The challenges presented to Australians in 2020 and 2021 included bushfires, flooding, and the pandemic. These highlighted the need for industries, businesses, communities and individuals to innovate, pivot and adjust to new unanticipated realities. As one survey respondent stated:
We have had to adapt all work for artists and creative organisations to recognise the huge stress on the community. We have changed the way we work, administer, contract manage and support the arts and artists.
Another outlined how they had changed their business or work model in response to the pandemic: ‘Adapted my practice online; accepted more online publishing commissions; accepted commissions which engage creatively with the subject of the pandemic. Focalised/streamlined my projects’.
As a result of COVID-19, ANA stated that ‘some creative and cultural industries have found ways to transition online (or were already there), and new types of digital consumption and engagement are emerging’. This digital transformation is accompanied by significant potential to increase accessibility to cultural and creative experiences.
A clearer picture has emerged of the longer-term impacts of the new ways of operating. The Australia Council for the Arts’ COVID-19 Audience Outlook Monitor is a tracking study which measures trends and audience sentiments surround the arts and cultural sector. Four ‘phases’ of the survey were conducted in May, July and September 2020, and March 2021. In May 2020, 75 per cent of all audiences participated in a form of online or digital arts and culture activities, which dropped to 70 per cent in September 2020.
By contrast, as restrictions began to ease, the March 2021 phase of the survey found that 47 per cent of all audiences continued to participate in arts and culture activities online. Although there was a marked decrease in digital attendance between May 2020 and March 2021 as venues were able to hold live events (with restricted numbers), there is evidence that attendance in some form will continue regardless of the format:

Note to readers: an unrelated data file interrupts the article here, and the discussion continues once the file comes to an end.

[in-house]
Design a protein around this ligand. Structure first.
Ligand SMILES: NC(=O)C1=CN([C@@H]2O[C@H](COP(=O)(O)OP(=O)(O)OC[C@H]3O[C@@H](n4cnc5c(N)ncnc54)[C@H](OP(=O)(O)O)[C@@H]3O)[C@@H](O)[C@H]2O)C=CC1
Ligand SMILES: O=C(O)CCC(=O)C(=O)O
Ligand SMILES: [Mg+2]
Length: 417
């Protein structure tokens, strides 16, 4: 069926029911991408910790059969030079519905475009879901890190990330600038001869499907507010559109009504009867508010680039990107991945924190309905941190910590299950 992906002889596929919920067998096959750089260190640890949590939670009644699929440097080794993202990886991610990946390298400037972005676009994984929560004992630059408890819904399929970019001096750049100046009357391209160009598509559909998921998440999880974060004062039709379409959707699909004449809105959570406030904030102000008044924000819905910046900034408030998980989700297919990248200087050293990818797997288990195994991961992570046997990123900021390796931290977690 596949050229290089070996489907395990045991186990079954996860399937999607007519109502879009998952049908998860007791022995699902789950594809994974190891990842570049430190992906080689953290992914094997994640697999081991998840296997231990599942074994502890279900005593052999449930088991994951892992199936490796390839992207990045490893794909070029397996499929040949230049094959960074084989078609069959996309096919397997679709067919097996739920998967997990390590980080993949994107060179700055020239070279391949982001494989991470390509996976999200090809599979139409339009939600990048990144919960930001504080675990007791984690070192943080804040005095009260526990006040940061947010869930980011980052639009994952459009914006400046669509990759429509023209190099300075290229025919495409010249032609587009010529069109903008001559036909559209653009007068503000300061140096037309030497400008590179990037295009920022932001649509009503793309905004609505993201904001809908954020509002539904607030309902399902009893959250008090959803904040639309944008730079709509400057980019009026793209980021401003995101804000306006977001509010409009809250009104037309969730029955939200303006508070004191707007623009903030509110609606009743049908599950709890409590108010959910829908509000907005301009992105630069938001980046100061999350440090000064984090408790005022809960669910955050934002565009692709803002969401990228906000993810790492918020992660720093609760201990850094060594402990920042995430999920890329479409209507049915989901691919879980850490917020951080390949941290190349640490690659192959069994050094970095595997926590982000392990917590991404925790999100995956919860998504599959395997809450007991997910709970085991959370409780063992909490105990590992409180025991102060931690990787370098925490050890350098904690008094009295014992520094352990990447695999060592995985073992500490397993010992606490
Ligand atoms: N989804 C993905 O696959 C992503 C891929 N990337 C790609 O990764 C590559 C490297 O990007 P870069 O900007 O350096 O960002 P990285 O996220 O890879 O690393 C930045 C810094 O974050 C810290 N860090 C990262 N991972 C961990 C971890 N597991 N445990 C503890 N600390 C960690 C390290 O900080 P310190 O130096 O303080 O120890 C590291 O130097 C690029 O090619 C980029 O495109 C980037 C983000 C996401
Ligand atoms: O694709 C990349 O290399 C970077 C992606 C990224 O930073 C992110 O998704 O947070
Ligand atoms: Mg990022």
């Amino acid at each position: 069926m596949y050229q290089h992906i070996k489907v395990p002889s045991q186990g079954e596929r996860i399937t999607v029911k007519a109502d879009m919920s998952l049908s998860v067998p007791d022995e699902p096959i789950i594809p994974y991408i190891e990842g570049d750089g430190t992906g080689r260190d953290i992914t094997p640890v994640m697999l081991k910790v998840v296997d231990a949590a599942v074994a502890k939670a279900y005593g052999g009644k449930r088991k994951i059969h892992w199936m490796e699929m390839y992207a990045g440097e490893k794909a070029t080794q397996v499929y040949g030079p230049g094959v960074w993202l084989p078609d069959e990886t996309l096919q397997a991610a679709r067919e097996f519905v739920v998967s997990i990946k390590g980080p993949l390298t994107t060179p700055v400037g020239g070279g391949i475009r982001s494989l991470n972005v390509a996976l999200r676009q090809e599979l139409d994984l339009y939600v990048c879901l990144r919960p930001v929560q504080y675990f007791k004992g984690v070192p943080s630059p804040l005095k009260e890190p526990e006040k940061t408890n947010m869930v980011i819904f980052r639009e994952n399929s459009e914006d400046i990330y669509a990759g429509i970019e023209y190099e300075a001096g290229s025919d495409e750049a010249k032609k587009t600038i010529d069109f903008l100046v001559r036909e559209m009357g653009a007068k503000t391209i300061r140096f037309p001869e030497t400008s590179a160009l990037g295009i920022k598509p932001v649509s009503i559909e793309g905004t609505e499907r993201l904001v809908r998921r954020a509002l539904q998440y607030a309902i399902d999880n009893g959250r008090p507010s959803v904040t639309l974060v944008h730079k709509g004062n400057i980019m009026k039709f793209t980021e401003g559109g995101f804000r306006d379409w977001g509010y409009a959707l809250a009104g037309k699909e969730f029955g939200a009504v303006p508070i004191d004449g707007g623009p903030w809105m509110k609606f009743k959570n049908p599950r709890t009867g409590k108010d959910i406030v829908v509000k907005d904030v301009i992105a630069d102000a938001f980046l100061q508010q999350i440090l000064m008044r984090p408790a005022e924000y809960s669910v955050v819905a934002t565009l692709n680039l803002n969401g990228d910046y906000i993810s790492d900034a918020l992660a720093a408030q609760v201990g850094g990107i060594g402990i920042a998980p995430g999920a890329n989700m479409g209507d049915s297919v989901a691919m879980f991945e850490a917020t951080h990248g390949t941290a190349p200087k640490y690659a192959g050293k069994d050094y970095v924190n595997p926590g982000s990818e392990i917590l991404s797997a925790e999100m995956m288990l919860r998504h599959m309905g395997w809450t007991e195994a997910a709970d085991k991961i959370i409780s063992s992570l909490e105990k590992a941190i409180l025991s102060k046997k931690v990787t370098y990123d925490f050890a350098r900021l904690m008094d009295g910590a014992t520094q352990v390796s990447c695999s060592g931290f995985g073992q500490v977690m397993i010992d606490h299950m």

…those who have recently attended a performance in person are also more likely to be participating online (51% compared to 47% nationally), as both behaviours are driven by audiences’ strong engagement with arts and culture.
This research also found that 37 per cent of users pay for online content (September 2020 levels were 39 per cent), indicating that there is ‘an enduring market for premium digital experiences’.
Solutions and conversations around innovation and pivoting in response to the pandemic focused heavily on digital responses, however Think Tank Dance Assembly raised concerns around this approach :
The digital realm is not the singular solution to resuscitate dance in this time of crisis. Live practice has to be reimagined and this innovative research needs to be led by artists, and those artists need to be paid for this work.
Ms Lamorna Nightingale drew attention to the flexibility of smaller companies and businesses in their capacity to meet the social-distancing requirements resulting from the pandemic:
At this time when larger companies are struggling with safety considerations involving large audiences, smaller companies can offer more intimate experiences for audiences and are able to pivot more quickly with creative solutions to the issues raised by COVID-safe compliance.